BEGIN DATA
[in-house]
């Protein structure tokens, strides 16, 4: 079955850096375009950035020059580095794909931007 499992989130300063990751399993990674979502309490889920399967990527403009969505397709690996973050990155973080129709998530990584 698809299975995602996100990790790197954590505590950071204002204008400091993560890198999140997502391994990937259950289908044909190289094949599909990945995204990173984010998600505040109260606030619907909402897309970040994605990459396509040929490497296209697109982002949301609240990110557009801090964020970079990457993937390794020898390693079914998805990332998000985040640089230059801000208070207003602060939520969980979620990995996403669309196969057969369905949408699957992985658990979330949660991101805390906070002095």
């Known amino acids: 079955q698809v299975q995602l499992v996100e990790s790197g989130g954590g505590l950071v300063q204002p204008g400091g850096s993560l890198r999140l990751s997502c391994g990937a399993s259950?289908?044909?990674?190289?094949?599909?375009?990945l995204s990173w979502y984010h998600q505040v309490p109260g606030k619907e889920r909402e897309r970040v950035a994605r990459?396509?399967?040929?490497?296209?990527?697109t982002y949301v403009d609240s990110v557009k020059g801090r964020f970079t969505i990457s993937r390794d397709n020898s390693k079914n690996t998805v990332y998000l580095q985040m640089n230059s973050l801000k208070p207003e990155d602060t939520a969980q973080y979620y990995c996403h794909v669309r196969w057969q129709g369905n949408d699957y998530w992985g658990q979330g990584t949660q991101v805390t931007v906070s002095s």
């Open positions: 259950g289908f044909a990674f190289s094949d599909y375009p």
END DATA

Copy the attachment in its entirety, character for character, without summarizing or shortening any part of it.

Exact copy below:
[in-house]
């Protein structure tokens, strides 16, 4: 079955850096375009950035020059580095794909931007 499992989130300063990751399993990674979502309490889920399967990527403009969505397709690996973050990155973080129709998530990584 698809299975995602996100990790790197954590505590950071204002204008400091993560890198999140997502391994990937259950289908044909190289094949599909990945995204990173984010998600505040109260606030619907909402897309970040994605990459396509040929490497296209697109982002949301609240990110557009801090964020970079990457993937390794020898390693079914998805990332998000985040640089230059801000208070207003602060939520969980979620990995996403669309196969057969369905949408699957992985658990979330949660991101805390906070002095």
């Known amino acids: 079955q698809v299975q995602l499992v996100e990790s790197g989130g954590g505590l950071v300063q204002p204008g400091g850096s993560l890198r999140l990751s997502c391994g990937a399993s259950?289908?044909?990674?190289?094949?599909?375009?990945l995204s990173w979502y984010h998600q505040v309490p109260g606030k619907e889920r909402e897309r970040v950035a994605r990459?396509?399967?040929?490497?296209?990527?697109t982002y949301v403009d609240s990110v557009k020059g801090r964020f970079t969505i990457s993937r390794d397709n020898s390693k079914n690996t998805v990332y998000l580095q985040m640089n230059s973050l801000k208070p207003e990155d602060t939520a969980q973080y979620y990995c996403h794909v669309r196969w057969q129709g369905n949408d699957y998530w992985g658990q979330g990584t949660q991101v805390t931007v906070s002095s």
């Open positions: 259950g289908f044909a990674f190289s094949d599909y375009p």